I was out of town for most of Saturday, but got home in the wee small hours of Sunday morning to see much of the snow that’d bedeviled or delighted us over the past few days had gone from my corner of SE London. Not all of it, but enough to get points unfrozen, third rails buzzing, and trains to start moving again.
So, how are the trains running on Sunday, Southeastern? When’s the next train coming?
I think this proves, once and for all, that nobody in a senior decision-making capacity at Southeastern ever travels on their network. After all the grief they’ve had this year, surely by now they must realise is what people want is timely, accurate information; not some generic message that probably doesn’t answer the question they’re asking?
Because the best way to show people a normal Sunday service is in operation is, surely, to prove that it’s running by showing their next train is coming on time. But instead, someone’s decided to override this useful information – remember, most lines only run half-hourly services on Sundays – by slapping up a generic message instead. Why?
It’s not as if those boards are incapable of showing the details of the first train coming, with more generic service information on the bottom line – this happens a lot at Charlton during engineering works. That might be a more sensible solution. But to switch off the next train information altogether is baffling. Especially when the boards were working fine on Saturday morning during tougher conditions.
The theme of this, and the other posts on Southeastern this week, has less been about the service itself, more that despite the fact that communication has never been easier, the company seems absolutely incapable of it when times are tough.
From providing basic information for customers, to appearances on radio and television, they’ve been found utterly wanting. Southeastern is very, very lucky London’s media is so easily distracted away from the south-east of the capital – a spokeswoman’s hapless appearance on BBC South East Today should have been seen by those making decisions which also affect a great slice of London.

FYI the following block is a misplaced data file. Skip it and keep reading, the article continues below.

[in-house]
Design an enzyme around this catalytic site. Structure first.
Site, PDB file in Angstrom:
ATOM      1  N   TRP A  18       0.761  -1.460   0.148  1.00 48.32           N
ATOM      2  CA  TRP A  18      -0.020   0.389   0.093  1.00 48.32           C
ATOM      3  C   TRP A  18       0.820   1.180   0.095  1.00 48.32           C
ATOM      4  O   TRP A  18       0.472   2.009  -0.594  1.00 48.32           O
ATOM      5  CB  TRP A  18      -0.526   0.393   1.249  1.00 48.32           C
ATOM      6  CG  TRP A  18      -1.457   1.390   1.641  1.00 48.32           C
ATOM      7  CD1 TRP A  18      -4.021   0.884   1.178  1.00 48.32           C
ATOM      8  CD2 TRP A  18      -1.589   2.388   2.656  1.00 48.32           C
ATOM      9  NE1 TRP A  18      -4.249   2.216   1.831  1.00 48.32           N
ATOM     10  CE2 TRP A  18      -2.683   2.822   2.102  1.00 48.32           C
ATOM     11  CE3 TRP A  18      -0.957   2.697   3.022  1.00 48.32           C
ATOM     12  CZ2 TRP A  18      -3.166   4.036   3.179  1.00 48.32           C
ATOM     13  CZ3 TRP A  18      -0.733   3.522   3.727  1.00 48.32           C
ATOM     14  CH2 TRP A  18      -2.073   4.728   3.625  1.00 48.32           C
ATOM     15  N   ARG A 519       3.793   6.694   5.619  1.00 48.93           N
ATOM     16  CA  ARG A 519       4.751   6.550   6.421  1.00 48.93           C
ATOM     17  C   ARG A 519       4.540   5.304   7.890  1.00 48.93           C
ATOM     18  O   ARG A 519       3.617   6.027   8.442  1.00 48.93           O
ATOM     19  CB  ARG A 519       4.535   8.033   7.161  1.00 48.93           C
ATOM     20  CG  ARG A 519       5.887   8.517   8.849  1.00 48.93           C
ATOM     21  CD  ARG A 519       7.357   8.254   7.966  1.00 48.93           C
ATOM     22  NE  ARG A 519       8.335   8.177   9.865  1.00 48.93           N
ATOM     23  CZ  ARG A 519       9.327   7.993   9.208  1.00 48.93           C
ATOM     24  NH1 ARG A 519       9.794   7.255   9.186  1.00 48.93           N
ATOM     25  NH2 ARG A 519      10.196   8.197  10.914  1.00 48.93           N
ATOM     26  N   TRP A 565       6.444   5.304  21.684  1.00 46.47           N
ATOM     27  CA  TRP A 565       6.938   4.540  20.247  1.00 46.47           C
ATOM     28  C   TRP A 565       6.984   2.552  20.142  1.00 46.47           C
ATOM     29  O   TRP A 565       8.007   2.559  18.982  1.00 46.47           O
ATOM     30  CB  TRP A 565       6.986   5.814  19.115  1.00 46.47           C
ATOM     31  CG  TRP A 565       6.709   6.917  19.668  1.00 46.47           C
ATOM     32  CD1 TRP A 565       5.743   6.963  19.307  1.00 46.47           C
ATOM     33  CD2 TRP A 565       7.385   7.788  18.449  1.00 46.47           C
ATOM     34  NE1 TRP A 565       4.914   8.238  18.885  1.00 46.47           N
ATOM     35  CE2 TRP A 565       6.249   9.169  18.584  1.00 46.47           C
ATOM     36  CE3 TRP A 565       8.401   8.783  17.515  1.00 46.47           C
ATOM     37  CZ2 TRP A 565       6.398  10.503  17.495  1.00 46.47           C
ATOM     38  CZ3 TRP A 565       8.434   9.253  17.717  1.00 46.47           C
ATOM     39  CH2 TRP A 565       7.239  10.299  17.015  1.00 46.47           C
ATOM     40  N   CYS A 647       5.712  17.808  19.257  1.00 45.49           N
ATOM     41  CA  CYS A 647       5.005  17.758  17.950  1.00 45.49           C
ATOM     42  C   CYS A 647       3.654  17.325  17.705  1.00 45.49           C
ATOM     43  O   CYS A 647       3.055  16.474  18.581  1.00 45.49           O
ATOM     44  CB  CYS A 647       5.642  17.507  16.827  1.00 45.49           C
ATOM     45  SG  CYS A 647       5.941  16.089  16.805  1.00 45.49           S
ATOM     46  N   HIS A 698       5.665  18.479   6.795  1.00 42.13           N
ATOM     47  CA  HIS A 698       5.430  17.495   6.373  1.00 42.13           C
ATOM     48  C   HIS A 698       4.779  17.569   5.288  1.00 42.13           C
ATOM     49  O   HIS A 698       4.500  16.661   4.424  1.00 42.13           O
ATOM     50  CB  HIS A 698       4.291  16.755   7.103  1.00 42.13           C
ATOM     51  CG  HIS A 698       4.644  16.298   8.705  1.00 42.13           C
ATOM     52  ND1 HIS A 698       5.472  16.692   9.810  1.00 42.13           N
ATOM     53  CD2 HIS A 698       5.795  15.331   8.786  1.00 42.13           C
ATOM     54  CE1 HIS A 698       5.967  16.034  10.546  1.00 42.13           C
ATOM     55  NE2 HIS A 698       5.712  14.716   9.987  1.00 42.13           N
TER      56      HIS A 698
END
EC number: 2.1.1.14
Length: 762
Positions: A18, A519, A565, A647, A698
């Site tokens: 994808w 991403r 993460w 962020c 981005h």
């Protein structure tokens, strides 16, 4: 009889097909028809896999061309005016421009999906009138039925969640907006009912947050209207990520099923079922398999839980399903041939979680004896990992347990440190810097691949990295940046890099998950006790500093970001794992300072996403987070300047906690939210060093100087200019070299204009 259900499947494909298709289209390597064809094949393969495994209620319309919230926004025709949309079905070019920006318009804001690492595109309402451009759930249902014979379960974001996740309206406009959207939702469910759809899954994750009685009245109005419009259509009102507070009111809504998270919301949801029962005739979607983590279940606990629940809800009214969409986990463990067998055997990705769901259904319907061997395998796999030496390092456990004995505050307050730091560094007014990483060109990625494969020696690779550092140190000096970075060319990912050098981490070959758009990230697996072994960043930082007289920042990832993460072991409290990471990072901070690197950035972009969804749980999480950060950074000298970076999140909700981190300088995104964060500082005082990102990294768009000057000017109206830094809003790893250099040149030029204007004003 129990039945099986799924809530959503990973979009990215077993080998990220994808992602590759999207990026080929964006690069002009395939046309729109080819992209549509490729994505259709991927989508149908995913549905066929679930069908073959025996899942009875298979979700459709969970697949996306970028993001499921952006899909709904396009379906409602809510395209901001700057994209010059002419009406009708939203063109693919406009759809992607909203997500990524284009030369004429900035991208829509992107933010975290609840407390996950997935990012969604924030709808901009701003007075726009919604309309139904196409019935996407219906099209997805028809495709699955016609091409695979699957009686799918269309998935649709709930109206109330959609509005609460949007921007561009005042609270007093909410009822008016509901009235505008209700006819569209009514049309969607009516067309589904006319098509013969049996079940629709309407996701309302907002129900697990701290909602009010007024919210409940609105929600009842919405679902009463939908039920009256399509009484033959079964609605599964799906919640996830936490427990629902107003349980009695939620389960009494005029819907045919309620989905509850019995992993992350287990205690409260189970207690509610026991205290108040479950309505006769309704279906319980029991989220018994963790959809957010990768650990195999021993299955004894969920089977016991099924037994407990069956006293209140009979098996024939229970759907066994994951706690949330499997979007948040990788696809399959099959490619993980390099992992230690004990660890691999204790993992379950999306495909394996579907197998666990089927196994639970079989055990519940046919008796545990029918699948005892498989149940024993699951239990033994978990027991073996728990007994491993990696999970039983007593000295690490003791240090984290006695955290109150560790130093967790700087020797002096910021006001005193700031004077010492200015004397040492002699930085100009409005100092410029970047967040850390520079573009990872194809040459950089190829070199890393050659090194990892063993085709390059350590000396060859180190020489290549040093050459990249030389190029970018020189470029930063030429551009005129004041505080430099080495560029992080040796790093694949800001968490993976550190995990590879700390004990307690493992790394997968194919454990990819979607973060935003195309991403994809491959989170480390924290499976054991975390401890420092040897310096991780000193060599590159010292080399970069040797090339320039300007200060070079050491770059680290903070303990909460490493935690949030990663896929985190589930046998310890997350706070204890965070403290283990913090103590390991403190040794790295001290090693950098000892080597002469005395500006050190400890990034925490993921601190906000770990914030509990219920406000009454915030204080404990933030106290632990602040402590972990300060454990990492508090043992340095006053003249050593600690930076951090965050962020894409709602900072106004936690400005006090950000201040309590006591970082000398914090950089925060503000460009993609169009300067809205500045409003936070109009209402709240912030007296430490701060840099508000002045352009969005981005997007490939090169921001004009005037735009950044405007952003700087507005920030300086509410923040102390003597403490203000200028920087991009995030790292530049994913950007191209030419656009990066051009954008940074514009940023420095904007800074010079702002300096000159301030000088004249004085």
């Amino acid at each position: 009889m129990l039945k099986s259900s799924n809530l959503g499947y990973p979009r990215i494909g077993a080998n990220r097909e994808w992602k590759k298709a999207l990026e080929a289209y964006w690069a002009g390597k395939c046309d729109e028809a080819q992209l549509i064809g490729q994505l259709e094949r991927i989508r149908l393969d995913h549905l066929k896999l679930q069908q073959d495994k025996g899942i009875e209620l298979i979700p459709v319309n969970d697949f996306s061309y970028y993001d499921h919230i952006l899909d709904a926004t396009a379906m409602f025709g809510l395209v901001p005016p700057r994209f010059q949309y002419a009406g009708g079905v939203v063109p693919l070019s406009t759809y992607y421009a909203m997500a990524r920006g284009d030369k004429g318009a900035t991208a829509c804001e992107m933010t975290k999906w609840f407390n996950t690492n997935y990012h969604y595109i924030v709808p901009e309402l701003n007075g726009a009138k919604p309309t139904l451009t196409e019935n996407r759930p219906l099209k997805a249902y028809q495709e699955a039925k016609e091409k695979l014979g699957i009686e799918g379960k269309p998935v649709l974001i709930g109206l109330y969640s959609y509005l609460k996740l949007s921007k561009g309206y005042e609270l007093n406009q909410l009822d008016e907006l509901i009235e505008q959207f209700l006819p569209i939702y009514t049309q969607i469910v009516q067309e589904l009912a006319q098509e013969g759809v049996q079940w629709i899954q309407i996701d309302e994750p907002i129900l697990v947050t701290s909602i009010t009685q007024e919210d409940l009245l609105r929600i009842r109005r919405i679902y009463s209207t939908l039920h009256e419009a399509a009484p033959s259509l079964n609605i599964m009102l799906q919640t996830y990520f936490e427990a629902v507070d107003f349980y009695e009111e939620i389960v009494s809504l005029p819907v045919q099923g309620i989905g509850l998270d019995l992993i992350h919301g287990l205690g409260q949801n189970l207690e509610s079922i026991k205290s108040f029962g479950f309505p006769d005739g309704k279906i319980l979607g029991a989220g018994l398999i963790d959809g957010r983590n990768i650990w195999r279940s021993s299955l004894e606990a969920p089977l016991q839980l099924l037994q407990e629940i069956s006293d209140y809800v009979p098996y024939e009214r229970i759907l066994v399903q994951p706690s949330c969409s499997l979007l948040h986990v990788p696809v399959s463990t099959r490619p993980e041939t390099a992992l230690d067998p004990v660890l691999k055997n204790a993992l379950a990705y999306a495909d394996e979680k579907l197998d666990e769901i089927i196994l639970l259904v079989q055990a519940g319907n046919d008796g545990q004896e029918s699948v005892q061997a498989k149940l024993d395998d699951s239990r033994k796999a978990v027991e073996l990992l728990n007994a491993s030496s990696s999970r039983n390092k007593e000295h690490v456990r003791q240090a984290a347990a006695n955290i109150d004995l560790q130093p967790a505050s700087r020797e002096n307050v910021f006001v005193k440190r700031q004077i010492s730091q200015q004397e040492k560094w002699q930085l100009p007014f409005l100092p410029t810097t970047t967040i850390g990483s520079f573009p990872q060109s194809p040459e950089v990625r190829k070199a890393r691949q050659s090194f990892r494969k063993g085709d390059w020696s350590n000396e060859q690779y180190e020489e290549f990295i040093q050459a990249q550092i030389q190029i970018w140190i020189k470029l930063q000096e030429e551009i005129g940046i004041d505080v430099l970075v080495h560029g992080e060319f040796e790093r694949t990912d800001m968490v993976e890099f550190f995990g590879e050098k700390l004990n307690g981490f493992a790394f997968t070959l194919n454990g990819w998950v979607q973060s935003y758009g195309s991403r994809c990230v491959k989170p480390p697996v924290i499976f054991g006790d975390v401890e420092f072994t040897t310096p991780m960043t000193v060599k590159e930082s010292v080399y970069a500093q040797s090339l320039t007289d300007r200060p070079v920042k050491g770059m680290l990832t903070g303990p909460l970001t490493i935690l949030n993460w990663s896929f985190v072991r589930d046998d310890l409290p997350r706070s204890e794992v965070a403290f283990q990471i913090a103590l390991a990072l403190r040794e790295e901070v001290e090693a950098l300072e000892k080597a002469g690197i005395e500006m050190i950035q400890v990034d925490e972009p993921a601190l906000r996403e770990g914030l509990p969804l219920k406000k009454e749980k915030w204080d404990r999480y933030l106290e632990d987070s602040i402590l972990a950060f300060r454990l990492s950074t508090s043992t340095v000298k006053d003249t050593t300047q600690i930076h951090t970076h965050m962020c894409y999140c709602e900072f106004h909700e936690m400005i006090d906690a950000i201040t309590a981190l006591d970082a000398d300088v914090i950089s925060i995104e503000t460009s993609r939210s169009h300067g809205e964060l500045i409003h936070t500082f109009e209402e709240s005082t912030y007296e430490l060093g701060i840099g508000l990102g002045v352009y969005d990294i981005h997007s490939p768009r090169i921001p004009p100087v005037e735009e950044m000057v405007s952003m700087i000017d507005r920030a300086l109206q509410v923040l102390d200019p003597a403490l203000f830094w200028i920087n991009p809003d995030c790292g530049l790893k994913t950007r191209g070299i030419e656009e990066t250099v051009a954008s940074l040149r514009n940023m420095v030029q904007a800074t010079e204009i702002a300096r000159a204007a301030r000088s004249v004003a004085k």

Incredibly, Southeastern is promoting this interview on its website – “We explain that we’re sorry we’ve not been able to run a full service for passengers in the past week and realise many customers would not have been able to travel to work at all.” Well, no shit, Sherlock!
Of course, it doesn’t have to be this way – passengers and train operators could work together to share information at times of disruption. A brilliant post at Noisy Decent Graphics outlines how train companies could have “a genuinely helpful use for hyper local, citizen journalism style reporting”.
Finally, I’m grateful to the reader who sent me this:
I was at their London entrance (London Bridge) at about 35 to 4 hoping to leave at a quarter to 5… it soon filled… 5 o’clock came – a quarter after passed – still we were kept at London. On asking the cause, no satisfactory reason was given. At half past five we moved and having procedeed 20 or 30 yards the whole train returned to hook on to the half past five train and we got to Deptford at a few minutes before six.
No intimation was given to those who might be in a hurry, no explanations, no apology… the concern has got your money, and they laugh at you.
That was from The Times on 17 February 1838. Perhaps nothing ever changes.
UPDATE: 01:00AM MONDAY – it looks like Southeastern was dishing out crap info well into Sunday evening, even at Lewisham where the service is a little complicated…
(Thanks to @tajasel for the tip-off about Charlton station’s boards, which aren’t showing well for cameras in the sunshine…)